When and Why I Recommend Drugs for Help With Your Dog’s Behavior
Sometimes Aggression is More than We can Handle.
Have you ever taken a drug?
Have you had sore muscles and taken a Tylenol or Ibuprofen?
Have you ever needed antibiotics?
Have you needed medication because a part of your body wasn’t performing the way it should; for instance your thyroid or some other system?
I, personally, have needed medication on occasion.
I take over the counter pain medication when I am sore, I take over the counter cold and flu medication when I am sick and occasionally I have taken prescription medication.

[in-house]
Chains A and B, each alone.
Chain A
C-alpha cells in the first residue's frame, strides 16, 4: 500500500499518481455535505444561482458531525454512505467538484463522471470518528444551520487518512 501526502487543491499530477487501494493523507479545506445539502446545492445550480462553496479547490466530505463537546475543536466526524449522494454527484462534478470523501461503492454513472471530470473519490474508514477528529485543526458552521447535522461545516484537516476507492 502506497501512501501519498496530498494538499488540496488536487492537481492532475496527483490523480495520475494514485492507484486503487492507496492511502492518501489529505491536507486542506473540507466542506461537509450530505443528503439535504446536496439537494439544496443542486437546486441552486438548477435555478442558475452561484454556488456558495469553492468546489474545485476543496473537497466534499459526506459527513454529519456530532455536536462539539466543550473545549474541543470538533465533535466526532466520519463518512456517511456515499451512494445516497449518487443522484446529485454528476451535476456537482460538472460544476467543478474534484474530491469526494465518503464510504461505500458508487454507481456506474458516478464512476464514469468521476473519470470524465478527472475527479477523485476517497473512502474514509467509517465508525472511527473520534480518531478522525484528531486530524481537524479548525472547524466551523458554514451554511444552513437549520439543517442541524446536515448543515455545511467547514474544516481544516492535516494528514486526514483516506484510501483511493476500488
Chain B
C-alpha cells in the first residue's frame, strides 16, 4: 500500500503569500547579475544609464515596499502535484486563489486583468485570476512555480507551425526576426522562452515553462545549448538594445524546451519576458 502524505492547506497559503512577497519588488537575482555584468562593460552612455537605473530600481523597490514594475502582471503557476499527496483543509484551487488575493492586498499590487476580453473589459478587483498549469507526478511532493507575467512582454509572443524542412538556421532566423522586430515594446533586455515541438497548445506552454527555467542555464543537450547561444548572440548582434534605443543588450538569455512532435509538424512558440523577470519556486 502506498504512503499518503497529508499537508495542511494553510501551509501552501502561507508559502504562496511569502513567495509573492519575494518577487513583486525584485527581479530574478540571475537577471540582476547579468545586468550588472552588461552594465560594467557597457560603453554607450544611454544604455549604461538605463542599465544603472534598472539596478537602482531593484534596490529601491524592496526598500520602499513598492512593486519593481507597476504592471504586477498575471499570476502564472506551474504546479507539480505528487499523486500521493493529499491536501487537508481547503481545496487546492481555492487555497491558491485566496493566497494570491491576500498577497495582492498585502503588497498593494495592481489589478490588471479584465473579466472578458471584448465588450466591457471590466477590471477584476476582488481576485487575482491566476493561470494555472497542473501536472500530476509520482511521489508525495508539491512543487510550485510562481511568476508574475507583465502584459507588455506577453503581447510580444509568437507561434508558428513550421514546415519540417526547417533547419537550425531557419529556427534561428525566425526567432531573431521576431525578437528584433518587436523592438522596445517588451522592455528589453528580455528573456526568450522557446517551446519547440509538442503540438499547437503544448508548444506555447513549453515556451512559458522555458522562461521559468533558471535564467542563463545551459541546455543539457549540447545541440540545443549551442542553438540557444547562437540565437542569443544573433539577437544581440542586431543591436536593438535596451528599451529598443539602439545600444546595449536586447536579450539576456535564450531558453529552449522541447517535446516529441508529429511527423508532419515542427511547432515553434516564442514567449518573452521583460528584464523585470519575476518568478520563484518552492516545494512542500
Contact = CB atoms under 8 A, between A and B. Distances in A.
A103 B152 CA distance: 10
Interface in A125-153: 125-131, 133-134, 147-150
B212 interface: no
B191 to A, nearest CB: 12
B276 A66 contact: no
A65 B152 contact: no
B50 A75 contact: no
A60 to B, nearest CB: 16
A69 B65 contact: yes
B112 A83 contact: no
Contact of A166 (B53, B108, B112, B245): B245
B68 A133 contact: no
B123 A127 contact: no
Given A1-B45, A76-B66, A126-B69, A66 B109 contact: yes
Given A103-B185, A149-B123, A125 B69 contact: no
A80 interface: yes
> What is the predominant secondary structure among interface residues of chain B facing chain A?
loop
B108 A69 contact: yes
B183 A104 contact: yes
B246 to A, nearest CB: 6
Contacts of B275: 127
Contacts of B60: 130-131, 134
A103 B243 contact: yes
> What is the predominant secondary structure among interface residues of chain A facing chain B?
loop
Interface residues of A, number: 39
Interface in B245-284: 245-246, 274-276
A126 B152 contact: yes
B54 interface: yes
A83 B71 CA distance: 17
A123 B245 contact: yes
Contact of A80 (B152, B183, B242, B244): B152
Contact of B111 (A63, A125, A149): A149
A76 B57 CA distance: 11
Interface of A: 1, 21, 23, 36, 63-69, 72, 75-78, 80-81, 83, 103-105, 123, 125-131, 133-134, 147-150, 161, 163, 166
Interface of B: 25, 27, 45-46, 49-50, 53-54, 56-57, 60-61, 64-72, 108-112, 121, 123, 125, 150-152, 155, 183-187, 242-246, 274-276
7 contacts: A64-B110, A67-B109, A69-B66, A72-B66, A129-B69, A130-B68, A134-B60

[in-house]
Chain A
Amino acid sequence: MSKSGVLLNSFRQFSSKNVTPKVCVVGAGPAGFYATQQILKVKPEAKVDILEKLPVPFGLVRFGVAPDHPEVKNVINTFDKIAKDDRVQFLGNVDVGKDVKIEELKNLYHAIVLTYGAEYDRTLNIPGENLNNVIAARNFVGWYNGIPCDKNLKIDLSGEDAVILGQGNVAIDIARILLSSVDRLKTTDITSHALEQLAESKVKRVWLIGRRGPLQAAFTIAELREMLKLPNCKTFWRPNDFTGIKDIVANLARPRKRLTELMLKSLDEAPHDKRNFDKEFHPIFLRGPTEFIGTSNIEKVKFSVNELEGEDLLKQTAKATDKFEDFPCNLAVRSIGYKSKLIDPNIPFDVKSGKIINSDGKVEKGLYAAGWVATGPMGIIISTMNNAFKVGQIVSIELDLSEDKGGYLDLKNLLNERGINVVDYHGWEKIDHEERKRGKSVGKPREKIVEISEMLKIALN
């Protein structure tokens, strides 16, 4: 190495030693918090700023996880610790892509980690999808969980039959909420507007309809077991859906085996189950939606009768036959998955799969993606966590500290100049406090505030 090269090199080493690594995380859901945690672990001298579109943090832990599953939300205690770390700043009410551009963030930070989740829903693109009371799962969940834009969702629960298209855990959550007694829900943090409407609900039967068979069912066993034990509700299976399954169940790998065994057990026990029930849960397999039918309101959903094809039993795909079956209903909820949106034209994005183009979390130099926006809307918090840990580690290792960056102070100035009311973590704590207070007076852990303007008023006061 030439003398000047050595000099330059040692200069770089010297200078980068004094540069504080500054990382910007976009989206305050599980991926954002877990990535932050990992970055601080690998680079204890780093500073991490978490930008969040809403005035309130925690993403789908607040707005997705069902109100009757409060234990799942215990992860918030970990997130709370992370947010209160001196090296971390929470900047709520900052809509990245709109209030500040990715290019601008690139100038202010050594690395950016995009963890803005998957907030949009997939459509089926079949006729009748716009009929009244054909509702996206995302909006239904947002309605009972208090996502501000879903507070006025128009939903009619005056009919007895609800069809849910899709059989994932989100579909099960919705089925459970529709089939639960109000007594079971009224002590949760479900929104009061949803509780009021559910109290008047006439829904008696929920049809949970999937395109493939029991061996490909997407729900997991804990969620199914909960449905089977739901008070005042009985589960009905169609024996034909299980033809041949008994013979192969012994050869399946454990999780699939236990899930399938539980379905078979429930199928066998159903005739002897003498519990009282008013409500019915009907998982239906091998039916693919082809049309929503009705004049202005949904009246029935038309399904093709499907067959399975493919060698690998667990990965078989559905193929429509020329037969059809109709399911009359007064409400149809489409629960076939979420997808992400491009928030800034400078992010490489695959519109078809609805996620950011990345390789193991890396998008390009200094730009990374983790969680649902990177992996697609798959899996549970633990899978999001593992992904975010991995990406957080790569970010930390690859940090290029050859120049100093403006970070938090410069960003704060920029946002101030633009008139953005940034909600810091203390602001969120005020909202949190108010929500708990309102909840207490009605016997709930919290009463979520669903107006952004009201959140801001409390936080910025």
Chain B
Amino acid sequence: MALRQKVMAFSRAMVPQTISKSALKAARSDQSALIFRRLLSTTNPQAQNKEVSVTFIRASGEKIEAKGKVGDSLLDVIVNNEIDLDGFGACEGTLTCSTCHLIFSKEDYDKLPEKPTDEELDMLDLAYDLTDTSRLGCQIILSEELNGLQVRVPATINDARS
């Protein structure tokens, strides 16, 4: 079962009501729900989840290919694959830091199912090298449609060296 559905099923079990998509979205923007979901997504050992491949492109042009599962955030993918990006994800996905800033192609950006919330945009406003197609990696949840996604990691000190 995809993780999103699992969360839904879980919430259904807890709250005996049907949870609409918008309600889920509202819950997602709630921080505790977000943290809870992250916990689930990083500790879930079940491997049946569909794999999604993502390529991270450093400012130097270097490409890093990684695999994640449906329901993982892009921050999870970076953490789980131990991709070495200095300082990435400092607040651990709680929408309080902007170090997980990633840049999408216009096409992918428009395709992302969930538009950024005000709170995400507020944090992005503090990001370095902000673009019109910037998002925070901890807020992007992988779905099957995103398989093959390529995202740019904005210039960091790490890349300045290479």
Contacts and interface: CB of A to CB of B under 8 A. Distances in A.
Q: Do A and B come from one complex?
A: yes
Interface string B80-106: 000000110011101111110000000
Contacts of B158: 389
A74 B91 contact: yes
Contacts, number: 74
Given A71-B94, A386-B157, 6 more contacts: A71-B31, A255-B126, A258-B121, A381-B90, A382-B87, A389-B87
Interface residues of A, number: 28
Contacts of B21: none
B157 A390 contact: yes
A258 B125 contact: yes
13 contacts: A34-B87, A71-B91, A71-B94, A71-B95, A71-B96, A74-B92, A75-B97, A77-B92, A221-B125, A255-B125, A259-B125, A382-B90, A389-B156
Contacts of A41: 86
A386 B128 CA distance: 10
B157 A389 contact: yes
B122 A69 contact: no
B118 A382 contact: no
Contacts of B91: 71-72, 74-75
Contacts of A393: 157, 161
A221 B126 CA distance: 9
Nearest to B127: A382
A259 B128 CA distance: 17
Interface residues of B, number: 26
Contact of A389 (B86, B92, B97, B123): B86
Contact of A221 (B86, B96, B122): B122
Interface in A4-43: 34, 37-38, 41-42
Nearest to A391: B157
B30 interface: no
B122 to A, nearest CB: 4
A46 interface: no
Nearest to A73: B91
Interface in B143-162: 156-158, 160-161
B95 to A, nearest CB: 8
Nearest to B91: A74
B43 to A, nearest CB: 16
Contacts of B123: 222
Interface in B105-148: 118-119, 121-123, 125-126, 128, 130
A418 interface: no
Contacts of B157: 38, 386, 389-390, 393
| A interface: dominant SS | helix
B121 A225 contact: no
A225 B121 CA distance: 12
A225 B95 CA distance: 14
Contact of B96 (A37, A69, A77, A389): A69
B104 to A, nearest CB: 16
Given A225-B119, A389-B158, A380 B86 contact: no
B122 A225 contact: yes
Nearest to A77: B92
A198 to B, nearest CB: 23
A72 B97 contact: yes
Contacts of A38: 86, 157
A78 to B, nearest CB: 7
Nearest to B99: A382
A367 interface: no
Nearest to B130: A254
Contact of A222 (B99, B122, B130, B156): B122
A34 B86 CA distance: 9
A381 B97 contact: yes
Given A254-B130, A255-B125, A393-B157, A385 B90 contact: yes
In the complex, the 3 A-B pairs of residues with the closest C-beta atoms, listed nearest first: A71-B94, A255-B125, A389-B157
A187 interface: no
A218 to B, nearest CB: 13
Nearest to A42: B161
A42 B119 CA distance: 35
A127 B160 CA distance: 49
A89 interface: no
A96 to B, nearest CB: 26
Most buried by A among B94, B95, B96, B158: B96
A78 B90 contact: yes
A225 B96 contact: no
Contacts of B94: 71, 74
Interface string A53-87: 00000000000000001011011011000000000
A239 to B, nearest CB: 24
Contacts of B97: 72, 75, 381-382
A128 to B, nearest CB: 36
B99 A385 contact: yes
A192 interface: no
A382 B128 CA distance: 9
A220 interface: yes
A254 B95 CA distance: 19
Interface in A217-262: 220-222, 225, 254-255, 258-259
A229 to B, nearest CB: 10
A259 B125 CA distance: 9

I have been on antibiotics on occasion throughout my life.
Once my eardrum ruptured and I had a fever of a littler over 105 degrees; and another time I had such a severe reaction to bug bites that my leg swelled over twice its size and I needed both antibiotics and steroids.
If I hadn’t had medication, there are a few times I am unsure that I would have actually survived.
The most simple of things can kill people and animals in the wild.
And, most people have no problem taking medication or putting their dog on medication for “physical” issues.
Many dogs need thyroid medications or other medications for a lifetime to regulate their system.
Yet people fight and fight and often refuse to put their dog on medication for behavioral problems.
Can You Imagine
Can you imagine a world where people with mental illness were denied medications that could help them feel better?
Many of these mental conditions, such as schizophrenia, bi-polar disorder, and multiple personality disorder cause a marked increase in aggression if they are not treated.